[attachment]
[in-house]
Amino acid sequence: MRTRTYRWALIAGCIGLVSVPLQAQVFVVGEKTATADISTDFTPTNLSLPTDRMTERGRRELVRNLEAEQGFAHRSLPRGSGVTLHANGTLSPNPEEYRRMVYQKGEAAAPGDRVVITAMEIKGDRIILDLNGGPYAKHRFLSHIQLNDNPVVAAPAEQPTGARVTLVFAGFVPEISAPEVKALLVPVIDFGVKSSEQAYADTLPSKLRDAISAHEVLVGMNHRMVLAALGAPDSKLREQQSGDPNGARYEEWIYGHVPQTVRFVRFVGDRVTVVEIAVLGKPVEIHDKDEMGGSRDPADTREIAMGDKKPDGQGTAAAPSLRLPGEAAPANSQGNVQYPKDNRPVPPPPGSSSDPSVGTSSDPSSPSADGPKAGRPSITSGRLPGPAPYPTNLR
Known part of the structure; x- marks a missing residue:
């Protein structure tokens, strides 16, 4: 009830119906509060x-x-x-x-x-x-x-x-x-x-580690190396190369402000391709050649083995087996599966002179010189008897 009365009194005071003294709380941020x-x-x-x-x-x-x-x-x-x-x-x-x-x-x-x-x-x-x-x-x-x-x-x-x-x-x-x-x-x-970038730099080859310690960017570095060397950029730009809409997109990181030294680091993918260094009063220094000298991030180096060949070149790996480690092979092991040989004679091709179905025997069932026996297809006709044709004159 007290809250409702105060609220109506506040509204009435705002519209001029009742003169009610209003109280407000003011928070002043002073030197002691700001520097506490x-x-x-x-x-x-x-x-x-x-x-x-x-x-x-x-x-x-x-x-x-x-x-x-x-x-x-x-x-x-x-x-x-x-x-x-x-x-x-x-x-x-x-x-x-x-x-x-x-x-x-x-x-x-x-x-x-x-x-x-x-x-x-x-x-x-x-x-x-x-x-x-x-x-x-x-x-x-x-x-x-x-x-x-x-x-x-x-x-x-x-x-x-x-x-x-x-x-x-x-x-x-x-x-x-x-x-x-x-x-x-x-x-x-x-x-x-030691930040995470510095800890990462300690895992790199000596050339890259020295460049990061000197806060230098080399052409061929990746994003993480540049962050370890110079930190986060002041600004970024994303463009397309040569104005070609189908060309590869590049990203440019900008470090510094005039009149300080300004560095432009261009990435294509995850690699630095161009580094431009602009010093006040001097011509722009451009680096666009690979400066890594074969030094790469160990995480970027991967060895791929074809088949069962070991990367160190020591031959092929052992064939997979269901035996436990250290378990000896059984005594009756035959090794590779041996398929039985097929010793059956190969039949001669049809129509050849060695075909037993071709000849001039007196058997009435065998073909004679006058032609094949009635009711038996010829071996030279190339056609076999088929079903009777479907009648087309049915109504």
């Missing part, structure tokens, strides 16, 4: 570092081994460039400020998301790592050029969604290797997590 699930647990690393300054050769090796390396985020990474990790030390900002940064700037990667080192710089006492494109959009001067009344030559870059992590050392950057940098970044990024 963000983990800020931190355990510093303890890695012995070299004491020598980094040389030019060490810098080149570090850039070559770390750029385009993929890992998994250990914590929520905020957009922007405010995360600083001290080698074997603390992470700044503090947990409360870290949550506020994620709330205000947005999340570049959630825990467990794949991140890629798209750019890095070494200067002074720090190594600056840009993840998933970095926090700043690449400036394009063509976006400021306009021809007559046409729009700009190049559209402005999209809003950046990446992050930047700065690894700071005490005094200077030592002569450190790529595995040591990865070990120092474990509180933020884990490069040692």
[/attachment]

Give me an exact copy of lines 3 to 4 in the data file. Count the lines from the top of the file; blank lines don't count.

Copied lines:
Known part of the structure; x- marks a missing residue:
């Protein structure tokens, strides 16, 4: 009830119906509060x-x-x-x-x-x-x-x-x-x-580690190396190369402000391709050649083995087996599966002179010189008897 009365009194005071003294709380941020x-x-x-x-x-x-x-x-x-x-x-x-x-x-x-x-x-x-x-x-x-x-x-x-x-x-x-x-x-x-970038730099080859310690960017570095060397950029730009809409997109990181030294680091993918260094009063220094000298991030180096060949070149790996480690092979092991040989004679091709179905025997069932026996297809006709044709004159 007290809250409702105060609220109506506040509204009435705002519209001029009742003169009610209003109280407000003011928070002043002073030197002691700001520097506490x-x-x-x-x-x-x-x-x-x-x-x-x-x-x-x-x-x-x-x-x-x-x-x-x-x-x-x-x-x-x-x-x-x-x-x-x-x-x-x-x-x-x-x-x-x-x-x-x-x-x-x-x-x-x-x-x-x-x-x-x-x-x-x-x-x-x-x-x-x-x-x-x-x-x-x-x-x-x-x-x-x-x-x-x-x-x-x-x-x-x-x-x-x-x-x-x-x-x-x-x-x-x-x-x-x-x-x-x-x-x-x-x-x-x-x-x-030691930040995470510095800890990462300690895992790199000596050339890259020295460049990061000197806060230098080399052409061929990746994003993480540049962050370890110079930190986060002041600004970024994303463009397309040569104005070609189908060309590869590049990203440019900008470090510094005039009149300080300004560095432009261009990435294509995850690699630095161009580094431009602009010093006040001097011509722009451009680096666009690979400066890594074969030094790469160990995480970027991967060895791929074809088949069962070991990367160190020591031959092929052992064939997979269901035996436990250290378990000896059984005594009756035959090794590779041996398929039985097929010793059956190969039949001669049809129509050849060695075909037993071709000849001039007196058997009435065998073909004679006058032609094949009635009711038996010829071996030279190339056609076999088929079903009777479907009648087309049915109504």